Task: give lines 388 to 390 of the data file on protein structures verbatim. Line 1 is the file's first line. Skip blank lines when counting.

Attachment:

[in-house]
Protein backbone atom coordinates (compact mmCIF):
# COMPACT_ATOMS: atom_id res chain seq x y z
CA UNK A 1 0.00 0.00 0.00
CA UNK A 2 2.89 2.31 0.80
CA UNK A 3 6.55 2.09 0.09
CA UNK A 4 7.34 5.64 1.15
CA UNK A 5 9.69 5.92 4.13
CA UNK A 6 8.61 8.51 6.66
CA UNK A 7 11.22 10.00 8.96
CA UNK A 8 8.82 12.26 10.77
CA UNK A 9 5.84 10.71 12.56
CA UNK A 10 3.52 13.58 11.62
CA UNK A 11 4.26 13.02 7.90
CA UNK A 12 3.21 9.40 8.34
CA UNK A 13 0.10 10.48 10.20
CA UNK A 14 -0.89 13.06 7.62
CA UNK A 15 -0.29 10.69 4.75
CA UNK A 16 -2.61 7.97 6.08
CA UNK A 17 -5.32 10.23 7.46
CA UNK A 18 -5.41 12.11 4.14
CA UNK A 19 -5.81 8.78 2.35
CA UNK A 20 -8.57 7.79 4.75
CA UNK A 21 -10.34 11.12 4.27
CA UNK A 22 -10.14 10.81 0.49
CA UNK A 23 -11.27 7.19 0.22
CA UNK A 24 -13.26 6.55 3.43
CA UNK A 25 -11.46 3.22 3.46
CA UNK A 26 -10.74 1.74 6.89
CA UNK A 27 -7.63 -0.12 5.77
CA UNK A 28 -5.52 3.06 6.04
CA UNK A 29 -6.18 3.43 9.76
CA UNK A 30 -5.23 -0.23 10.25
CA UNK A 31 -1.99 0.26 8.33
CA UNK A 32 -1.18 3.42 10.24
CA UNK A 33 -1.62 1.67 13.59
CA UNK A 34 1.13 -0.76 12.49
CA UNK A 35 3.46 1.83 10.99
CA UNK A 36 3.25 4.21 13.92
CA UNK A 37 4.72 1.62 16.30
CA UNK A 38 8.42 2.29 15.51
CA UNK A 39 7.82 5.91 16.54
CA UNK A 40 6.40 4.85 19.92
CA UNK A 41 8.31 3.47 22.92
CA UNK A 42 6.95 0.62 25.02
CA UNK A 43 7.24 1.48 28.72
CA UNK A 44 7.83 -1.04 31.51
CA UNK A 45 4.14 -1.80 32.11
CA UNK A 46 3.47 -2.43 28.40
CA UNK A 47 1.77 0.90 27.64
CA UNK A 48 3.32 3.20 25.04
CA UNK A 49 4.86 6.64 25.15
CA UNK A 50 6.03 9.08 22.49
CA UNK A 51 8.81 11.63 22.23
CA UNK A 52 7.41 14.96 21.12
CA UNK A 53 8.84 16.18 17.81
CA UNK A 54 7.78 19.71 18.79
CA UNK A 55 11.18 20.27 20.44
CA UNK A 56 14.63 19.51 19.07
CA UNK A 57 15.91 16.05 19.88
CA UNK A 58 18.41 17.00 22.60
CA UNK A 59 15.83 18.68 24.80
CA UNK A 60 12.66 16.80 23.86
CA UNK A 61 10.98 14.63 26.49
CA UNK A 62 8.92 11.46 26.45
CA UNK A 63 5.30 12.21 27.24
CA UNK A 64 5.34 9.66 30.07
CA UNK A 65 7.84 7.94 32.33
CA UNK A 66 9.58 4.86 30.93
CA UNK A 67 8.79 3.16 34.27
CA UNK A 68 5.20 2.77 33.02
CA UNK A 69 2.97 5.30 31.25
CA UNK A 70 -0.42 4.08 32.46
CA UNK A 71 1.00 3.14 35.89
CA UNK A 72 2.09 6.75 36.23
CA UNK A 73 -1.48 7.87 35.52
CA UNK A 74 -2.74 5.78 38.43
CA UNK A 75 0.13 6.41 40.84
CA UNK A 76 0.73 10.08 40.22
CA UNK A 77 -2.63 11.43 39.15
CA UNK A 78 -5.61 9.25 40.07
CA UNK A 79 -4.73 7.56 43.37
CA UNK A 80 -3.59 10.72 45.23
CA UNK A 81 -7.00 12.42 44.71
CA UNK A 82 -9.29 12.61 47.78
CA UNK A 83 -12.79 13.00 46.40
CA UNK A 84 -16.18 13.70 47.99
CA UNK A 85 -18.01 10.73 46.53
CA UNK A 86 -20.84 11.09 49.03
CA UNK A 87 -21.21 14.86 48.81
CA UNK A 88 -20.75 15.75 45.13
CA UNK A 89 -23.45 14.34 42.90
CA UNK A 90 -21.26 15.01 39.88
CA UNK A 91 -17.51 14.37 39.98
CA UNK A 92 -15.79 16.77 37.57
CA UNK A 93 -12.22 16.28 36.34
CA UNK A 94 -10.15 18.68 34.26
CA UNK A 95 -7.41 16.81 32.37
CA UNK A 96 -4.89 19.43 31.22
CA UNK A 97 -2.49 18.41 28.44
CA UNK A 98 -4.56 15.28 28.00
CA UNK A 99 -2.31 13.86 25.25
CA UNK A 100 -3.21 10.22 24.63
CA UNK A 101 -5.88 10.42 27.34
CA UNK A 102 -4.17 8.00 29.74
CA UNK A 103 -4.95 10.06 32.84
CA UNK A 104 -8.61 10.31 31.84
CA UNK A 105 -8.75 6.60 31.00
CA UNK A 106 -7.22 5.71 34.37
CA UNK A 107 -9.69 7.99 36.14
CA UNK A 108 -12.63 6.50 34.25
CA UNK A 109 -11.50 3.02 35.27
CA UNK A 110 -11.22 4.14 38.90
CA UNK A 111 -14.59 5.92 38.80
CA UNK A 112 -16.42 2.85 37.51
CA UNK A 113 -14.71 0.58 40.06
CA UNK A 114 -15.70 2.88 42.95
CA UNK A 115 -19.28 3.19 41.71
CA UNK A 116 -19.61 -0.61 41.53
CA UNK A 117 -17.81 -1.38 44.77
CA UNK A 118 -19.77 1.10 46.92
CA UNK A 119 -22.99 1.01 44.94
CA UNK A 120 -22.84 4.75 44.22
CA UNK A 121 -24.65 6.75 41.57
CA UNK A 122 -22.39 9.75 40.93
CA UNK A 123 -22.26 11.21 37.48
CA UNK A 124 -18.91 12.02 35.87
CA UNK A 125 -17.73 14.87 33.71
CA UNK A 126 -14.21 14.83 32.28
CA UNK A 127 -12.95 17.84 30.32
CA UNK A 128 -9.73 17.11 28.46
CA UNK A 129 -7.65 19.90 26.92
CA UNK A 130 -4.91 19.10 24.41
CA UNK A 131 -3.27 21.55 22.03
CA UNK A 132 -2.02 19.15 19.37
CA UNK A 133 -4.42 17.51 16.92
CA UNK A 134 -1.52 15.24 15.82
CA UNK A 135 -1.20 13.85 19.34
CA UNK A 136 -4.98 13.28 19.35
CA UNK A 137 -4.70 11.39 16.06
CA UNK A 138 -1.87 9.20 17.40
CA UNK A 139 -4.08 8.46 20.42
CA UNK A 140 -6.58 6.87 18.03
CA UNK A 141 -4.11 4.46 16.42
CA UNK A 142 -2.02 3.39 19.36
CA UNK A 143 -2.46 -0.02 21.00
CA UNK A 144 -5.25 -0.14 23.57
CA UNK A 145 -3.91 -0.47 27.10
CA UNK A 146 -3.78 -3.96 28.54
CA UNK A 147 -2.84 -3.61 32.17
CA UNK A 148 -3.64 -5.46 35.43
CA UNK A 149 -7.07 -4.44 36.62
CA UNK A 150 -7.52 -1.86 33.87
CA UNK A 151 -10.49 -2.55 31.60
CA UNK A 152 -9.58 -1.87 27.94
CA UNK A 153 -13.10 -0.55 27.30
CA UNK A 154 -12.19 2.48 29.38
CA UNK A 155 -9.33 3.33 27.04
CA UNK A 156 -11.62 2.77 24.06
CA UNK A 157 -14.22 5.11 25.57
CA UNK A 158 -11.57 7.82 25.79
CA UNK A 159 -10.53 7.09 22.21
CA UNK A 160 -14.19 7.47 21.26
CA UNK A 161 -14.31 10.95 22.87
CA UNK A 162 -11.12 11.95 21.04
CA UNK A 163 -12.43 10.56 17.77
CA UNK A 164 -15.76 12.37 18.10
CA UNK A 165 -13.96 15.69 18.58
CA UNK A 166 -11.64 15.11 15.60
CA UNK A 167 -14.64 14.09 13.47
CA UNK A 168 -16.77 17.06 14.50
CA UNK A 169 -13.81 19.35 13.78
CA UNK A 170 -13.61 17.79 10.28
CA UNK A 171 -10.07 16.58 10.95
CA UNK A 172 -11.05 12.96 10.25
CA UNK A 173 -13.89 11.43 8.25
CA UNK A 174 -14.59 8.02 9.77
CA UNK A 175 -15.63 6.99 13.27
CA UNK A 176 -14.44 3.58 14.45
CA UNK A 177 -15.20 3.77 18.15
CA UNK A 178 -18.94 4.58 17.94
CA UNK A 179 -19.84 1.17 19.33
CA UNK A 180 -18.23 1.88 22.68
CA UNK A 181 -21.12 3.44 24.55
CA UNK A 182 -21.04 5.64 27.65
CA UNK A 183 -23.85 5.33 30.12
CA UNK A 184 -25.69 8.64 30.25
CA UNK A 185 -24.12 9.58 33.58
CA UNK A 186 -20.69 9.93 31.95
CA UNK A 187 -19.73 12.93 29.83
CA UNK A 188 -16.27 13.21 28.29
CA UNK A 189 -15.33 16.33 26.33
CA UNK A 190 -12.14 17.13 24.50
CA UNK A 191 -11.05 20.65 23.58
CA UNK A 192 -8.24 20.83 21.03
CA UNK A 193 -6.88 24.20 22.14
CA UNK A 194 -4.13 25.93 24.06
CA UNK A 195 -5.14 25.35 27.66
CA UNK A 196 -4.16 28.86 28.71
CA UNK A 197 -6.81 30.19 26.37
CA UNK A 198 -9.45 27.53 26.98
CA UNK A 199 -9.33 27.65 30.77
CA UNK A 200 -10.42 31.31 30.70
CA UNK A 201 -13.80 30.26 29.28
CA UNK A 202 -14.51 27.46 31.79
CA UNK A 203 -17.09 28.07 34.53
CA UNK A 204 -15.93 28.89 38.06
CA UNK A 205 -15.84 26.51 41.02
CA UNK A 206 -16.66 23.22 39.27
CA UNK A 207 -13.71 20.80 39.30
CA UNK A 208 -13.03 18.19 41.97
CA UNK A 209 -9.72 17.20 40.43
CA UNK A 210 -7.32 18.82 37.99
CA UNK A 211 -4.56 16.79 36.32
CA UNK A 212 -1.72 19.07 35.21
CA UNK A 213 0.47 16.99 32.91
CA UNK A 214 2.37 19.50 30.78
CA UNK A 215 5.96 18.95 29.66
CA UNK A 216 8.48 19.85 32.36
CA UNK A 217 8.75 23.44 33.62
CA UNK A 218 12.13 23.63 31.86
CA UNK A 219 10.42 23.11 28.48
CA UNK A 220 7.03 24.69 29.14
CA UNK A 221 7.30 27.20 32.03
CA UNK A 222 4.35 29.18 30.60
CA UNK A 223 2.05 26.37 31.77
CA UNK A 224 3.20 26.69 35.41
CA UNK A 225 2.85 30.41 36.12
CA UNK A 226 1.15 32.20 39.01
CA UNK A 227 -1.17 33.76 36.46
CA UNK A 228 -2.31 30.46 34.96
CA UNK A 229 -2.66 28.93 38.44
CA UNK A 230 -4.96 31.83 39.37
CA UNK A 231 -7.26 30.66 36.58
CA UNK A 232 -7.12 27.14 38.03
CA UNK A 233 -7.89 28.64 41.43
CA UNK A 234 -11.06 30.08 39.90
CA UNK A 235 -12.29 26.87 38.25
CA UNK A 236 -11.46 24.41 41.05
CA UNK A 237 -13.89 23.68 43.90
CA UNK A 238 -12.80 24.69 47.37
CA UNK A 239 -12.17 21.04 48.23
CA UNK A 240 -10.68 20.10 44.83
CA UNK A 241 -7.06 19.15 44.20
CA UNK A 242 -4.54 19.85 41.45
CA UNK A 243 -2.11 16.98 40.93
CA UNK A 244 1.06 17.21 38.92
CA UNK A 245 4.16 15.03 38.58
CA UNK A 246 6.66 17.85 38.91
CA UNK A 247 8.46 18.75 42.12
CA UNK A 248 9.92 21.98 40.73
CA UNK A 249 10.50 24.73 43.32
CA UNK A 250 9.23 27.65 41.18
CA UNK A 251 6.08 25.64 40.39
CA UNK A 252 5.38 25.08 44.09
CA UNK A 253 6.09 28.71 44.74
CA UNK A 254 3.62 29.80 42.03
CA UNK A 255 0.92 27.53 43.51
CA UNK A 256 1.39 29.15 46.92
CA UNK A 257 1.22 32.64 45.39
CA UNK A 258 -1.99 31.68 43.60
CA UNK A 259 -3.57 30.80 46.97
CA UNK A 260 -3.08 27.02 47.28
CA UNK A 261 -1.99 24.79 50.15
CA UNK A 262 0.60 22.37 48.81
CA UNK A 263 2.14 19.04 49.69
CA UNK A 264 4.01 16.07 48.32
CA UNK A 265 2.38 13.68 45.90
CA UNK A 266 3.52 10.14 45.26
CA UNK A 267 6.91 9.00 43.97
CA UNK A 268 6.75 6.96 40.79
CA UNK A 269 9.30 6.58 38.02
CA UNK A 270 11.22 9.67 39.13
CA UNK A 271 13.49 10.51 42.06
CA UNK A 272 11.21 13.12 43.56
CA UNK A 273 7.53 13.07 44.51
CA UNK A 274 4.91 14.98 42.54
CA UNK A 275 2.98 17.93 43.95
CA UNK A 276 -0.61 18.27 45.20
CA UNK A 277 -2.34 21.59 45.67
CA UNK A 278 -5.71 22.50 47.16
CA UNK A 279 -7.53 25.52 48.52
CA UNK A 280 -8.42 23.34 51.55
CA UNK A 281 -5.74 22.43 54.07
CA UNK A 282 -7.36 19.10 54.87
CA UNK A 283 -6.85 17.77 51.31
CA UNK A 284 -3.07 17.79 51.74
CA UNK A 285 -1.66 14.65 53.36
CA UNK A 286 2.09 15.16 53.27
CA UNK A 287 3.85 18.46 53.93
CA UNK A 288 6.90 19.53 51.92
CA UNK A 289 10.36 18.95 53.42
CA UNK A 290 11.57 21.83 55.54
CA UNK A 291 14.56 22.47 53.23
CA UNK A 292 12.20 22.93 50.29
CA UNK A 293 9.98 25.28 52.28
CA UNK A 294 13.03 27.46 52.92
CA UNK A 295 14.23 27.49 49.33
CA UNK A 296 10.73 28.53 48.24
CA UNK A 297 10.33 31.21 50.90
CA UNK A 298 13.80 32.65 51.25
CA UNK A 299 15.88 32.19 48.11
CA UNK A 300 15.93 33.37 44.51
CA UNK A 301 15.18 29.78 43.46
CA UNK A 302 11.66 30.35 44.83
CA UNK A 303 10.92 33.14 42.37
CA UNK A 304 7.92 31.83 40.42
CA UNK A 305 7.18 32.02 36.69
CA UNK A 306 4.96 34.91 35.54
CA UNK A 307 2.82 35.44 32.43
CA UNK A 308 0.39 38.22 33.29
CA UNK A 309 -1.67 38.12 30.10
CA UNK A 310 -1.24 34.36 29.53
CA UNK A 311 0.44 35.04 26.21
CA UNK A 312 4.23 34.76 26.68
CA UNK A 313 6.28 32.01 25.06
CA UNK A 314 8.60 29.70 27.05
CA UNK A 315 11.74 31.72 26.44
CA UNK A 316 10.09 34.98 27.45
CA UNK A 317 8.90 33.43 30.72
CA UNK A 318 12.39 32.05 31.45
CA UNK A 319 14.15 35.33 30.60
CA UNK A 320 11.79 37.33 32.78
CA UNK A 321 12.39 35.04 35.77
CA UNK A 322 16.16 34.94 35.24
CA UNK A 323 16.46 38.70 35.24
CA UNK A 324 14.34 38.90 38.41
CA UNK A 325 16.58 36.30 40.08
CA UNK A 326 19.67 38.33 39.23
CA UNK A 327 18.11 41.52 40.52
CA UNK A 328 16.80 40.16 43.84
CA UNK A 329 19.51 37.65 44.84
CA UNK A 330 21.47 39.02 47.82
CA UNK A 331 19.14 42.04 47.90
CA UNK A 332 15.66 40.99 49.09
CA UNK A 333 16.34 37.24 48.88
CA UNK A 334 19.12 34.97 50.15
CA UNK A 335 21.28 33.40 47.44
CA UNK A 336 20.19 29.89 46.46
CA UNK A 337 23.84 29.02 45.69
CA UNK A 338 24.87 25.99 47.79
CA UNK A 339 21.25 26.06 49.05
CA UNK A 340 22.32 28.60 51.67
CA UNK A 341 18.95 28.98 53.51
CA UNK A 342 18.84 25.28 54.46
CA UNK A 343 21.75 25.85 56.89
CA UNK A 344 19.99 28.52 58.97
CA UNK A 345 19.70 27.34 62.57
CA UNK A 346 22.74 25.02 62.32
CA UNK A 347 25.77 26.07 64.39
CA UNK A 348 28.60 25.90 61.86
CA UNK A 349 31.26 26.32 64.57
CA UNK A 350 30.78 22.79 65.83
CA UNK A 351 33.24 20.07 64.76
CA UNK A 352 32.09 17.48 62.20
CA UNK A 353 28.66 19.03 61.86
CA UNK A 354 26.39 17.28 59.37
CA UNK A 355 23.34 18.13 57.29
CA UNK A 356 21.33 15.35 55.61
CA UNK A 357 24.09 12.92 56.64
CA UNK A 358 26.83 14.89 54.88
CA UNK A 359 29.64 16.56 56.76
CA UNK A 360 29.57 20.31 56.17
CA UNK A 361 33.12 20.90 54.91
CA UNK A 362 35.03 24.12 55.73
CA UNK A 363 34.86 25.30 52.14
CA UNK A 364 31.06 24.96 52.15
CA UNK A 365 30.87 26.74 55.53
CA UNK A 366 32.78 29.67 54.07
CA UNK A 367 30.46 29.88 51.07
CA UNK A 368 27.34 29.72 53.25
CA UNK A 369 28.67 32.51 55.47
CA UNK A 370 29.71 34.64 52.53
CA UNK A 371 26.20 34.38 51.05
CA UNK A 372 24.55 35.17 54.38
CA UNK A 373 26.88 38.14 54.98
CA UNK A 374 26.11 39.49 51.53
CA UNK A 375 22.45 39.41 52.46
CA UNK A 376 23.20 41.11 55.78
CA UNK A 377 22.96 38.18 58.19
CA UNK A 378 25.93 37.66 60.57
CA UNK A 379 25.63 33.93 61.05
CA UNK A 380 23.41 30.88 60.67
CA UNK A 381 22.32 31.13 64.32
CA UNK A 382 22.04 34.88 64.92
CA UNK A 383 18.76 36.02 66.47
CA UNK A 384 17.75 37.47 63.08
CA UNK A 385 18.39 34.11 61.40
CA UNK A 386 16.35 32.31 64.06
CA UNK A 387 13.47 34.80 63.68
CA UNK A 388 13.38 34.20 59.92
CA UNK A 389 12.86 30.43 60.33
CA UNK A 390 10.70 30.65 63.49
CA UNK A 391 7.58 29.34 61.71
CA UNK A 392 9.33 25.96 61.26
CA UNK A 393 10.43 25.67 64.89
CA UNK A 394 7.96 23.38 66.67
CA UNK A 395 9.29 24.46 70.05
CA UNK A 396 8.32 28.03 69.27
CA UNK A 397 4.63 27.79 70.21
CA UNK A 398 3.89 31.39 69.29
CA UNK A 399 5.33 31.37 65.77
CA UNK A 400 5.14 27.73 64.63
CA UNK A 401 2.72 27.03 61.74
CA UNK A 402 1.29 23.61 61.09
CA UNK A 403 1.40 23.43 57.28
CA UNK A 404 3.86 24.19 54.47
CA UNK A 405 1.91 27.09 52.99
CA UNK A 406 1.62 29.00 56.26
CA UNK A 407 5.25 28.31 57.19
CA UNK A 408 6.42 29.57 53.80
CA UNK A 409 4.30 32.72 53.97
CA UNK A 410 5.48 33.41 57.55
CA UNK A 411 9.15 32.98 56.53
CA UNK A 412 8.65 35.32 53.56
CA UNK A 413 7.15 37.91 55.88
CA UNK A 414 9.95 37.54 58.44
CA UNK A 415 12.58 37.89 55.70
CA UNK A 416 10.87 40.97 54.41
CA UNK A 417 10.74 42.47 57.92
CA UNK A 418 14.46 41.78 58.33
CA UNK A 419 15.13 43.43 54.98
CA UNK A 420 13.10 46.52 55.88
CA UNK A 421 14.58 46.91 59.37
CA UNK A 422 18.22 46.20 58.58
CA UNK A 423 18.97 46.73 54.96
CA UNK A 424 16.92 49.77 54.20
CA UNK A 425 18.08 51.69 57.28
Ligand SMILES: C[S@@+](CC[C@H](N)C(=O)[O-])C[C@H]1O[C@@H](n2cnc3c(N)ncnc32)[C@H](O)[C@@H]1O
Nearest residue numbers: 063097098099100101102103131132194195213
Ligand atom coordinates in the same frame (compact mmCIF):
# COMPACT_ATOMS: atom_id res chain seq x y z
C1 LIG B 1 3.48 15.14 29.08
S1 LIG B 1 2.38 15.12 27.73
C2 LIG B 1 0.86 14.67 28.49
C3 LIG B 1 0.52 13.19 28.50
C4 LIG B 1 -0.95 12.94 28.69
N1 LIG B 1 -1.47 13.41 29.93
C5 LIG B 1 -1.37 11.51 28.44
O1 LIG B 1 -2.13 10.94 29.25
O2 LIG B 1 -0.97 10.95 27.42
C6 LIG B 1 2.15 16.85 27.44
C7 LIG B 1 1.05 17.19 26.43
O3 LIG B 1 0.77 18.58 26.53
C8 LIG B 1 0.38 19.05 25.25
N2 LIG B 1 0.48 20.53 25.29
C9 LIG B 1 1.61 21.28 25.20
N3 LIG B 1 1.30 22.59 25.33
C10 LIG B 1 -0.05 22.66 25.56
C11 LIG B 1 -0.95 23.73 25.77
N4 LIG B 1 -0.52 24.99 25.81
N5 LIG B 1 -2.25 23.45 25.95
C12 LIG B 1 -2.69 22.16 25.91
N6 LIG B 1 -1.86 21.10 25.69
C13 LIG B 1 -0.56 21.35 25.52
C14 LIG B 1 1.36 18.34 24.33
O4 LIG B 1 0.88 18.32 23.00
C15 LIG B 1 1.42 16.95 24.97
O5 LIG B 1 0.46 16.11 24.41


CA UNK A 385 18.39 34.11 61.40
CA UNK A 386 16.35 32.31 64.06
CA UNK A 387 13.47 34.80 63.68